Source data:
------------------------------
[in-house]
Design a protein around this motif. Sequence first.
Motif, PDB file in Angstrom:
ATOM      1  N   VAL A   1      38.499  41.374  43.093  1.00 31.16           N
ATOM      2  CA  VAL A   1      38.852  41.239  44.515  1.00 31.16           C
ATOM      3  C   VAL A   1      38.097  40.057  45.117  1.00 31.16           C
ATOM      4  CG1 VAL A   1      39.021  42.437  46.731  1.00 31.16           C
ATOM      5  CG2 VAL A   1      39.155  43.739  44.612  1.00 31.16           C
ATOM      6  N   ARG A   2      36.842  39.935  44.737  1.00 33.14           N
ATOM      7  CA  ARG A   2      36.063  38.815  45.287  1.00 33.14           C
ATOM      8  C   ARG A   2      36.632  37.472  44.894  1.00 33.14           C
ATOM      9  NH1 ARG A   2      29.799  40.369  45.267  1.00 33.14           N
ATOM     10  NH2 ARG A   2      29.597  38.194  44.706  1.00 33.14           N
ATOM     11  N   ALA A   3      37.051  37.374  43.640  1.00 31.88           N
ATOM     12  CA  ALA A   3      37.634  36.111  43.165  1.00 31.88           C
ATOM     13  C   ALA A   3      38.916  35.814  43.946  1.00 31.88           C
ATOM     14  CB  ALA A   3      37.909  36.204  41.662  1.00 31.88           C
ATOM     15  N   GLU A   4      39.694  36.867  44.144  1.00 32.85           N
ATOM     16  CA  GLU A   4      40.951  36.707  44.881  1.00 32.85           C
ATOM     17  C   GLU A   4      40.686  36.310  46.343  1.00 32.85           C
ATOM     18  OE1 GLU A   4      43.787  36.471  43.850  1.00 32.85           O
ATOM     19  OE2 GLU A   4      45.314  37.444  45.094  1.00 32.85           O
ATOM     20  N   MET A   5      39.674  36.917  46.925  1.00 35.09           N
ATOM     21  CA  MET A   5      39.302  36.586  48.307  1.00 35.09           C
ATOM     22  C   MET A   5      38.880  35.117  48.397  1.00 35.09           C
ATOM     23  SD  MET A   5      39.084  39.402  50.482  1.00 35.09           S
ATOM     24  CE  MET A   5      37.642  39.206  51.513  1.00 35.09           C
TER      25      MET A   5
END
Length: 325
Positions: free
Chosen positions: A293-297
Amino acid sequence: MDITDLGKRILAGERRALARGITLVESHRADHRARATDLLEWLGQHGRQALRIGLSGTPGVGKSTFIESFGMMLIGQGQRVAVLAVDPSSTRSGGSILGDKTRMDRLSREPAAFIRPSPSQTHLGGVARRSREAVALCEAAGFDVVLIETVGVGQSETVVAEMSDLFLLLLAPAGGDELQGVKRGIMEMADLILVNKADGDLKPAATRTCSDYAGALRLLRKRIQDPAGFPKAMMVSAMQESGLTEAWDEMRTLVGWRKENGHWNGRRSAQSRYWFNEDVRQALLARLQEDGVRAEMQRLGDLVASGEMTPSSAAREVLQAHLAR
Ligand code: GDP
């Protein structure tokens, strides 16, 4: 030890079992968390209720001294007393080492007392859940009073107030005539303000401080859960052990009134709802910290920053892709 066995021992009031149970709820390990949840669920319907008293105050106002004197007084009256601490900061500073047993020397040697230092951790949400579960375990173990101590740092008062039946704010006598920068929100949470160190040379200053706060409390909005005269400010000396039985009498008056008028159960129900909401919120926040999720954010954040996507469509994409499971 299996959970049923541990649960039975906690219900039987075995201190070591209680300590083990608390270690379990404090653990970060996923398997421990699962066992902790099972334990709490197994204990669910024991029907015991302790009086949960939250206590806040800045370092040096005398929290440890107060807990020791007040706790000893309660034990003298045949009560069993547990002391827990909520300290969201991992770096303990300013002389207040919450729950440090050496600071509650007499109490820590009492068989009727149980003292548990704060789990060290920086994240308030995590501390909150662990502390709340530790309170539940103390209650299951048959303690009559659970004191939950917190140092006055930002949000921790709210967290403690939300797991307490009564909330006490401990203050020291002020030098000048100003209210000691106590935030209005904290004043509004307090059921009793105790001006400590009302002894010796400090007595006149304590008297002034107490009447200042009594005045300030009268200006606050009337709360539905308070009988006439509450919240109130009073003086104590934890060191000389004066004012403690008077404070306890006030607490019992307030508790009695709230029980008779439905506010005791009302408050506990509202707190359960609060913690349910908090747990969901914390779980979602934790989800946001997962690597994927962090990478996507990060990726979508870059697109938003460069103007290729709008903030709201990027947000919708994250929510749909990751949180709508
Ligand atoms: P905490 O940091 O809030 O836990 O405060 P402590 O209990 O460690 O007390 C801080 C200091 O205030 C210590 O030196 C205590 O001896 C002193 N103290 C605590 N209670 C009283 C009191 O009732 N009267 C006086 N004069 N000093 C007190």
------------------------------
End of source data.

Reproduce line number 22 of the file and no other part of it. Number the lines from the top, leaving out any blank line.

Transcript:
ATOM     19  OE2 GLU A   4      45.314  37.444  45.094  1.00 32.85           O